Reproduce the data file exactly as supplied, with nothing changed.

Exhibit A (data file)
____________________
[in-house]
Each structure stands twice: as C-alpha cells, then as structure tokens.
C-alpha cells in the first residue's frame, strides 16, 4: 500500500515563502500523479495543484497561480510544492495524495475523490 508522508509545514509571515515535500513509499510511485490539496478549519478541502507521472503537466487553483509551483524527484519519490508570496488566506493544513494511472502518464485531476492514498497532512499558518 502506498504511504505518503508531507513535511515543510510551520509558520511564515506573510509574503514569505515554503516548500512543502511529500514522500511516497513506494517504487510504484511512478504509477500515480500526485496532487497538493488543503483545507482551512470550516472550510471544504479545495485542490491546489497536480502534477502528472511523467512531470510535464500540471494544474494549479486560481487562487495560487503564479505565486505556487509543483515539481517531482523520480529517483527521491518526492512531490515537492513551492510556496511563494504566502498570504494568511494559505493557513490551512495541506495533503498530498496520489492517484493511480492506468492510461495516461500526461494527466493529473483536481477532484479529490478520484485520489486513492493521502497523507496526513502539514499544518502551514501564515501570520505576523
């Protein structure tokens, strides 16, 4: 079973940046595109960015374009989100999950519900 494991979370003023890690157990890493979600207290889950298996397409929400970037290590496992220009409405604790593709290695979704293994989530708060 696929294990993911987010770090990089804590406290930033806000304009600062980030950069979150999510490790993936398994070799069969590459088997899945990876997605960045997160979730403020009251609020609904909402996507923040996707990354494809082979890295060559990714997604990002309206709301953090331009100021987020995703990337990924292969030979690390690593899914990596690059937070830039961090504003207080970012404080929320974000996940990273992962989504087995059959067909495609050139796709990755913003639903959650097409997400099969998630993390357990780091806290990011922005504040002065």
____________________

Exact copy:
[in-house]
Each structure stands twice: as C-alpha cells, then as structure tokens.
C-alpha cells in the first residue's frame, strides 16, 4: 500500500515563502500523479495543484497561480510544492495524495475523490 508522508509545514509571515515535500513509499510511485490539496478549519478541502507521472503537466487553483509551483524527484519519490508570496488566506493544513494511472502518464485531476492514498497532512499558518 502506498504511504505518503508531507513535511515543510510551520509558520511564515506573510509574503514569505515554503516548500512543502511529500514522500511516497513506494517504487510504484511512478504509477500515480500526485496532487497538493488543503483545507482551512470550516472550510471544504479545495485542490491546489497536480502534477502528472511523467512531470510535464500540471494544474494549479486560481487562487495560487503564479505565486505556487509543483515539481517531482523520480529517483527521491518526492512531490515537492513551492510556496511563494504566502498570504494568511494559505493557513490551512495541506495533503498530498496520489492517484493511480492506468492510461495516461500526461494527466493529473483536481477532484479529490478520484485520489486513492493521502497523507496526513502539514499544518502551514501564515501570520505576523
């Protein structure tokens, strides 16, 4: 079973940046595109960015374009989100999950519900 494991979370003023890690157990890493979600207290889950298996397409929400970037290590496992220009409405604790593709290695979704293994989530708060 696929294990993911987010770090990089804590406290930033806000304009600062980030950069979150999510490790993936398994070799069969590459088997899945990876997605960045997160979730403020009251609020609904909402996507923040996707990354494809082979890295060559990714997604990002309206709301953090331009100021987020995703990337990924292969030979690390690593899914990596690059937070830039961090504003207080970012404080929320974000996940990273992962989504087995059959067909495609050139796709990755913003639903959650097409997400099969998630993390357990780091806290990011922005504040002065």